Saturday, September 19, 2009

Experiment #3: Pastel de Tres Leches


So I’m having a party at my place. YAH. Its been a long time since I’ve hosted a party so of course, I’m going to use the opportunity to try yet another cake recipe from Tartine. Since it’s the tail end of summer (its still too hot in CA to declare it Fall), I’m going to make a refreshing Tres Leches (Three Milk) cake; one of my favorites. Amazingly moist, milky, and sweet and yet I’ve never made it before. So in preparation for my endeavor, I’ve read the recipe and associated recipes for the fillings/cake, etc. and I find it very similar to the Summer Fruit Bavarian cake I made in my first experiment. The differences are that the Tres Leches cake calls for a Chiffon cake base (instead of the génoise I made for the Bavarian cake) and a coconut syrup and optional caramel topping (uh, of COURSE I’m going to do the caramel!). Otherwise, the composition of the cake does consist of a filling made of pastry cream with the gelatin (to firm up the cream) and whip cream (to make it light and airy), just like in the Bavarian cake. This will be a good opportunity for me to practice making the pastry cream again (hopefully with a little more finesse). The cake is also topped with whipped heavy cream, which hopefully turn out better than last time now that I know that less manipulation frosting the cake = better looking cake.

I’m also going to start writing in the weights for some of the ingredients that I’ll be measuring out by weight (in metric units of course; it is the system used most commonly by chemists). At my job, it’s really routine for me to weigh things as a form of measurement. We hardly do anything my volume, except liquids, in which case, we have to usually take into account the density of the material. But solids come in all densities…think light and fluffy marshmallows versus sugar; the same volume of marshmallows will be a lot lighter than the same volume of sugar. Flour is notorious for varying in volume depending on how much air is incorporated into it while measuring; a tightly packed cup of flour can weigh several grams more than a lightly packed cup. So you just can’t measure solids by volume; it just isn’t accurate enough. For some recipes, it doesn’t really matter too much. But others such as one as important as the cake-for-my-party, it does.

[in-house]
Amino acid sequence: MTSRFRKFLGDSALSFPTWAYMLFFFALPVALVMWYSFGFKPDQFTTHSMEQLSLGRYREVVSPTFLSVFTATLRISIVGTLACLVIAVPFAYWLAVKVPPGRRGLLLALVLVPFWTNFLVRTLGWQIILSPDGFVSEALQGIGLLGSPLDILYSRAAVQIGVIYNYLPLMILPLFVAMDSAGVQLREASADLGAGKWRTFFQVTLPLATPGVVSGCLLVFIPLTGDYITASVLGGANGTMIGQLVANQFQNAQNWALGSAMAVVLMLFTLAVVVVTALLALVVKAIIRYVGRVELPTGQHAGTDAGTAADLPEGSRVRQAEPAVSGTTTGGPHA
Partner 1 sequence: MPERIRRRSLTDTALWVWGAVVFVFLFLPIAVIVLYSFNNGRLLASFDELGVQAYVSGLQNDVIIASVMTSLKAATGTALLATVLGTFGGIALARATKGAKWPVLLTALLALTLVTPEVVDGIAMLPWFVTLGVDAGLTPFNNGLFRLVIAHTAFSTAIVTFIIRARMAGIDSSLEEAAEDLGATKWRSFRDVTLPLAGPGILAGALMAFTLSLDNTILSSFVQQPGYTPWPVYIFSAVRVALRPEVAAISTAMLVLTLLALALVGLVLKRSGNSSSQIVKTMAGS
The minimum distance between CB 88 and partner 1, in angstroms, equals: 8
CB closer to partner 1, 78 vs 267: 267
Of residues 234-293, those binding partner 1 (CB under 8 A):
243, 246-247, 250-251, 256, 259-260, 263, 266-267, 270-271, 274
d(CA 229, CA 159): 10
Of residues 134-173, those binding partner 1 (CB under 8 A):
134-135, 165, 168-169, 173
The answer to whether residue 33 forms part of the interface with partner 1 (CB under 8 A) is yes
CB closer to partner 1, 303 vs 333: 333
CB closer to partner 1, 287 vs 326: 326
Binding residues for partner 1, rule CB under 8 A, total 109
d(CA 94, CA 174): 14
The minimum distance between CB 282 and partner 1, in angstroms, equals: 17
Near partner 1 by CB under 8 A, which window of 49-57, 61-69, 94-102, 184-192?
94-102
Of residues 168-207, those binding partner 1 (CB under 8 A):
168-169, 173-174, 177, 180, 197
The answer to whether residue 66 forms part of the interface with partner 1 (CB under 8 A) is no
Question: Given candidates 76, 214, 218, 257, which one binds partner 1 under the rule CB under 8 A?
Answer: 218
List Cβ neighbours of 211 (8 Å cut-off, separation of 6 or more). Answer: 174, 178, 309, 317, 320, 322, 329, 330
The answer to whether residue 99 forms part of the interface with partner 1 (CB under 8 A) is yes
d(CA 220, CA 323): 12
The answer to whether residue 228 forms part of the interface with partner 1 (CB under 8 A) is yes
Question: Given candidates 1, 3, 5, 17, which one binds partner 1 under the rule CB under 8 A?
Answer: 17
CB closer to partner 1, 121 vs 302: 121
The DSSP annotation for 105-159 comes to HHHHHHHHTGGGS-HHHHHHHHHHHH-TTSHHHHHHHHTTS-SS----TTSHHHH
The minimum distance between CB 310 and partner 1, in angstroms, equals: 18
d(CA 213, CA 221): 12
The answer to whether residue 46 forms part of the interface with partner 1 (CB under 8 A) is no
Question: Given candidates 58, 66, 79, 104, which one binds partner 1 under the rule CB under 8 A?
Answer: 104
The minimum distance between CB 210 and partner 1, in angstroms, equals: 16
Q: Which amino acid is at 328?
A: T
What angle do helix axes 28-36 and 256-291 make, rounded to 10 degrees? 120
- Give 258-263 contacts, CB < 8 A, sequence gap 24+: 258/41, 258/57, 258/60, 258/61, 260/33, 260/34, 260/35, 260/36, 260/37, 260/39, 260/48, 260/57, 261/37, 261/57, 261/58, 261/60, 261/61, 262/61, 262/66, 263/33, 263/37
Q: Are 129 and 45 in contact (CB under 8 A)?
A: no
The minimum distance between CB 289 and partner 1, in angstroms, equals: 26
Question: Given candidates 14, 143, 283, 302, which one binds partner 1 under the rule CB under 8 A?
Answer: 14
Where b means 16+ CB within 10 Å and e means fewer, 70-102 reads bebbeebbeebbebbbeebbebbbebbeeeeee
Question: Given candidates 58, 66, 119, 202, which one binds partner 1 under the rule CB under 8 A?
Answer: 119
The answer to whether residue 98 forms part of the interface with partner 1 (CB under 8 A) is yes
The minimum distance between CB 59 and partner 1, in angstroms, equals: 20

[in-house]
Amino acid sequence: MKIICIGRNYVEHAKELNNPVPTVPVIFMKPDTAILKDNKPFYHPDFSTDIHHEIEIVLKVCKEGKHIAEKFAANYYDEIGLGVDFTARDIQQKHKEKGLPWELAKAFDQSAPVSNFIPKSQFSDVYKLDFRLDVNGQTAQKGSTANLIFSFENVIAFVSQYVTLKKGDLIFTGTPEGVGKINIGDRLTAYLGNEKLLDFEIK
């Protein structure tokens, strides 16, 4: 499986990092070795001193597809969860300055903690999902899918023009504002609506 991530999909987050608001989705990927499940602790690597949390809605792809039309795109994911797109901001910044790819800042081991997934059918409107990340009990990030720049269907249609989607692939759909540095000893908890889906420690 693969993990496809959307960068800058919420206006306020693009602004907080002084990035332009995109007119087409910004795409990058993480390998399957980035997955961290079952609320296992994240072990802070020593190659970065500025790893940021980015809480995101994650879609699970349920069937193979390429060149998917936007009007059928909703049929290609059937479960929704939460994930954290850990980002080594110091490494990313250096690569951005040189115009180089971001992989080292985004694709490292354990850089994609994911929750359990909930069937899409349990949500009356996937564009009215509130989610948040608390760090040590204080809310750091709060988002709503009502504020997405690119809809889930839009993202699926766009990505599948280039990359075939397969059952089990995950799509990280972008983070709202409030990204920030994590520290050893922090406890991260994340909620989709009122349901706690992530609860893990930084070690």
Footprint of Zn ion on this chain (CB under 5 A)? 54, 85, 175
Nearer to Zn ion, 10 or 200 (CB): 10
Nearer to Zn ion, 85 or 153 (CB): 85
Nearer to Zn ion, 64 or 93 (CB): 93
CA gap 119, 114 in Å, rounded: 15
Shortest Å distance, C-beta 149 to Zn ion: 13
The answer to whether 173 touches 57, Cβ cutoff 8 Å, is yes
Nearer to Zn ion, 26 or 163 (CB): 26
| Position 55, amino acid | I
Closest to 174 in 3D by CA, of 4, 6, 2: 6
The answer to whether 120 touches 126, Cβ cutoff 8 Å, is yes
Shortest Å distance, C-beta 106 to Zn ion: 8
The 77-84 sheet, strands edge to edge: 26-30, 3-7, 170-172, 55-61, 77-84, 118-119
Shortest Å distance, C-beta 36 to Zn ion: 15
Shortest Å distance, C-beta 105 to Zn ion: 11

One last note about the order of the experiment: since my cake base needs time to cool, I’ll make that first. Then I’ll make the coconut syrup, caramel, pastry cream (which I’ll make into the filling for the cake right away). I’ll let the assembled cake components party in the fridge overnight, then finish the cake with whipped cream and coconut (not in the recipe, but I like coconut and it’ll make it pretty) the morning of my party.

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